It might seem simple, but it is a question that begs to be answered as you sit down to carefully craft your resume. Should you write your resume in the past or present tense? Although the answer might seem logical, one can never be too sure or help double and triple-checking. After all, your resume is the all-important professional document that can either open or close doors for you during a job search. While grammar and its many rules might seem like a bit of a pain when you are crafting your resume you might want to pay it some attention. You don’t want to ruin your first impression on your hiring manager, do you? In this article, we will explain to you when you should use past tense and when to use the present tense in your resume.
Past Tense: When and How
The rule is pretty simple: If you are referencing your past jobs or achievements then you must write in the past tense. Considering most of the work and laurels and accolades you will be highlighting in your resume have happened in the past, then you will write most of your resume in the past tense. For instance, if you are referencing your last job in the resume then under the job title you should list your role, responsibilities, and achievements all in the past tense (Mentored a team of 10 freshers and oversaw their day-to-day activities). As always, use bullet points to highlight your work. Adding numbers to back up your claim and quantify your achievements is always an added bonus.
Here are a few resume action words in the past tense that you could consider using while creating your resume.
- Set up
Present Tense: When and How
The present tense is best used when you are writing about your current job, volunteer project, or education status. This includes your summary where you might be describing your current role and responsibilities. Use the present tense to describe the things you still do at your job, the relevant activities you perform, and anything associated with industry associations that you belong to.
Here are a few resume action verbs you can consider using.
- Participates/ Participate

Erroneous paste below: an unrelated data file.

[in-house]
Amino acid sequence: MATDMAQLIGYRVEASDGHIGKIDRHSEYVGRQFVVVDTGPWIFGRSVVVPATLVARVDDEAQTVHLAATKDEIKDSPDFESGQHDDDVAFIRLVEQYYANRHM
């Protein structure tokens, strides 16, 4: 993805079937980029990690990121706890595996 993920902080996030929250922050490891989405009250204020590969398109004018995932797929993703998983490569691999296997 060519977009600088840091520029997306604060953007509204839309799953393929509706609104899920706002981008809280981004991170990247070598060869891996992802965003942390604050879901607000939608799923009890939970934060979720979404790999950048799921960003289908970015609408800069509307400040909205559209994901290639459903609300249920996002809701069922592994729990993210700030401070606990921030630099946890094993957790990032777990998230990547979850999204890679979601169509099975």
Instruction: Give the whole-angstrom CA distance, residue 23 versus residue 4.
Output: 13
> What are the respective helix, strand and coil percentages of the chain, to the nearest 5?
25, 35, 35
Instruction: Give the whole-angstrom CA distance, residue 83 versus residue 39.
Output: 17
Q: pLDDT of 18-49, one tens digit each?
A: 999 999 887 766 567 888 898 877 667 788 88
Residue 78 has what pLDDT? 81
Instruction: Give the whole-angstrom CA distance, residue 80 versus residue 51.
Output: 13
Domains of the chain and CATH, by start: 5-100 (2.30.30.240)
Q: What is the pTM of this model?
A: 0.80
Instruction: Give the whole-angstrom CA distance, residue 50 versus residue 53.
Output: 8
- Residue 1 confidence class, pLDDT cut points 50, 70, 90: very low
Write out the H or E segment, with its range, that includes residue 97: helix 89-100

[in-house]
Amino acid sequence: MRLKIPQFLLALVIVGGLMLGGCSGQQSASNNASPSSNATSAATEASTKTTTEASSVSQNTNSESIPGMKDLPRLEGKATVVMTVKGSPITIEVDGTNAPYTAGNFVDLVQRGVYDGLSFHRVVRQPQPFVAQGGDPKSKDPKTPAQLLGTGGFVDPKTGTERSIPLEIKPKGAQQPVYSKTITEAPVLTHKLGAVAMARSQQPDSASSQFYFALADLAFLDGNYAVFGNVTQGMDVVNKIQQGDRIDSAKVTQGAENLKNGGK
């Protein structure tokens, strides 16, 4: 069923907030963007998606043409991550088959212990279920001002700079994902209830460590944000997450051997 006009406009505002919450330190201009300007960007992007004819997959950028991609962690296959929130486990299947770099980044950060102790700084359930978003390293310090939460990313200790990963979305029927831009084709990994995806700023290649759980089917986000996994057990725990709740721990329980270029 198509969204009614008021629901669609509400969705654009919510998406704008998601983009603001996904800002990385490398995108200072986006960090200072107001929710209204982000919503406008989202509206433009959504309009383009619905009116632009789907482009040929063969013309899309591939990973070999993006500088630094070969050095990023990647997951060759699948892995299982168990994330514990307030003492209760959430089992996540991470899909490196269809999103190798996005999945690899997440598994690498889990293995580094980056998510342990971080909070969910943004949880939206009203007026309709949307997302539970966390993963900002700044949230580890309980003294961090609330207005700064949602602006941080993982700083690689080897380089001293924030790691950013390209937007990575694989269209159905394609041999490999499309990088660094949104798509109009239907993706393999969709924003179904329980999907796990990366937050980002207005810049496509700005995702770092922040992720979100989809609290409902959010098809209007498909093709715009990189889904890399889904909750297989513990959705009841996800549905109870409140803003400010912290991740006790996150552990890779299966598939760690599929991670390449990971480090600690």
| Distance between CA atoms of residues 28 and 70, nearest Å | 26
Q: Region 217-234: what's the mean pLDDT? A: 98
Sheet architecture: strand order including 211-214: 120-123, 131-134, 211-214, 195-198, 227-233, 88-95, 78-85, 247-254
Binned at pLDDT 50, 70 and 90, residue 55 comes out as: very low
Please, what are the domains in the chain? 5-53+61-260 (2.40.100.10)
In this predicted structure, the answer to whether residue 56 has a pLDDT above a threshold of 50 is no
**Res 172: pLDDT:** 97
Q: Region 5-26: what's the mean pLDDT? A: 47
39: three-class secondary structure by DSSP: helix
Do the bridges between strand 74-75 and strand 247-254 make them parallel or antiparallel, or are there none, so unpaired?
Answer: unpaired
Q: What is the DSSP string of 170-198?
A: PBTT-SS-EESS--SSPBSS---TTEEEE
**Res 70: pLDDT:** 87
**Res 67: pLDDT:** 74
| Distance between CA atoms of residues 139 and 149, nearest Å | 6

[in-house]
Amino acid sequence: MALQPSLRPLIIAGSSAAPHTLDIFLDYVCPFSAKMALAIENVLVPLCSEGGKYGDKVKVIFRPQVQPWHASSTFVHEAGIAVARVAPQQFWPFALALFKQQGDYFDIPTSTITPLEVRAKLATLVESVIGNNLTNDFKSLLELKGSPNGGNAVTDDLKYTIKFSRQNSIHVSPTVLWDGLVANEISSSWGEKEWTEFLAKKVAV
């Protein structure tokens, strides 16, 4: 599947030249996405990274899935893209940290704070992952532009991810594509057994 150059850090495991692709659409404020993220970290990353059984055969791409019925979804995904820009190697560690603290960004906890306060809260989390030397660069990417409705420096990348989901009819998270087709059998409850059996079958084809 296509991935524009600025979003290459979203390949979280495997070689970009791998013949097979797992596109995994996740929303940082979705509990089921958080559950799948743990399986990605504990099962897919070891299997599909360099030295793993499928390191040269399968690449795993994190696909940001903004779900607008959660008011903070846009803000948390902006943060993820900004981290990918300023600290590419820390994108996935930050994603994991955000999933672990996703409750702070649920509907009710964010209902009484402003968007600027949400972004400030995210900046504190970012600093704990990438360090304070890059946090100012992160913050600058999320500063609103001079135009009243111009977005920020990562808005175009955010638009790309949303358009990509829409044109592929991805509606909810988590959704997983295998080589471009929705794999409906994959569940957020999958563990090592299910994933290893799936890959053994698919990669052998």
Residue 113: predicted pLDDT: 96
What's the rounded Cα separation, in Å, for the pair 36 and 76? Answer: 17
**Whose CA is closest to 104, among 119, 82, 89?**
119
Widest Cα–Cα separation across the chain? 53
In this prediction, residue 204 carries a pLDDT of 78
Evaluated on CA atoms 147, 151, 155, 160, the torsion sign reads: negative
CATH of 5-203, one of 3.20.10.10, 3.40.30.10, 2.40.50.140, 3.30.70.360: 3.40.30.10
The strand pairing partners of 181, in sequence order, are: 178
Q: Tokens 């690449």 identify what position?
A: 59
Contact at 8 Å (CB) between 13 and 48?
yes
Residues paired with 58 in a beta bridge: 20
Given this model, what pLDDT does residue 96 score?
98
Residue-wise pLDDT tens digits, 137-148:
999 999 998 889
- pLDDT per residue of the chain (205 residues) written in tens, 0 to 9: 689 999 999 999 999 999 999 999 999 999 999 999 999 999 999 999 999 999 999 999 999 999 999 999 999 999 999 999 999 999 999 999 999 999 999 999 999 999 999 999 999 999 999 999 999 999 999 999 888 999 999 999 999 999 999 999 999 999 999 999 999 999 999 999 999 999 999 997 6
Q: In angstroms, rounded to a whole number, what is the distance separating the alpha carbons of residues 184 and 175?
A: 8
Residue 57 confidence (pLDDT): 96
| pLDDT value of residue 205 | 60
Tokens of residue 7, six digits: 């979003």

- Setting up
Mixing Past and Present Tense
As a general rule, you should avoid mixing past and present tense under a single topic. It is a reflection of poor language skills. However, there is an exception: if you are listing your current position you can use the present tense. But for accomplishments, you can use the past tense. For eg: ‘Oversees a large team’ would be an indication of your current responsibilities. ‘Received the best employee award in 2019’ is a reflection of your achievements in the same role in the past. It is important to note that while it is all right to use both past and present tense in your resume as the situation warrants it, it is important to maintain consistency. It is the inconsistency that will create a poor impression on hiring managers.
Samples of Past and Present Tense in a Resume
Resume Tense Sample 1(Text-Version)
In this sample, we will list the employment history of a Media Professional.
Jenks Communication Inc.
Assistant Editor (February 2015 to 2019)
- Curated and edited content for the weekly technology pages.
- Authored bi-weekly column on apps for 2 years.
- Mentored a team of cub reporters.
- Worked with other team members to bring out a well crafted daily.
- Collaborated with the online team to bring out a series of learning videos.
Resume Tense Sample 1
Resume Tense Sample 2(Text-Version)
In this sample, we will list the current job profile of a teacher.
Garnett Elementary School
Teacher (June 2018 to present)
- Prepares lesson plans for grade seven students.
- Works with faculty members to evaluate curriculum.
- Collaborate with parents to ensure students have access to and understand the learning material.
- Creates innovative learning mediums to ensure student participation and enthusiasm.
Resume Tense Sample 2
When writing your resume do keep grammar in mind as well. It will aid you in presenting your skills and achievements in the most compelling manner. Most companies use applicant tracking systems (ATS) to filter and shortlist resumes before a hiring manager or recruiter goes through them. As it turns out, ATS not just scan resumes for keywords, it is also influenced by the tense of a verb. Something as simple as, if the job posting said ‘mentor’ and you typed ‘mentored’ can work against you as the ATS will overlook it.
Before you dash off that resume, do take the time to carefully read the job posting and tailor your resume accordingly. Don’t opt for a one-size-fits-all approach when it comes to job applications. It is in your best interest to optimize your resume in a manner that it will be picked up by the ATS from the sea of job applications and give you an edge over the rest.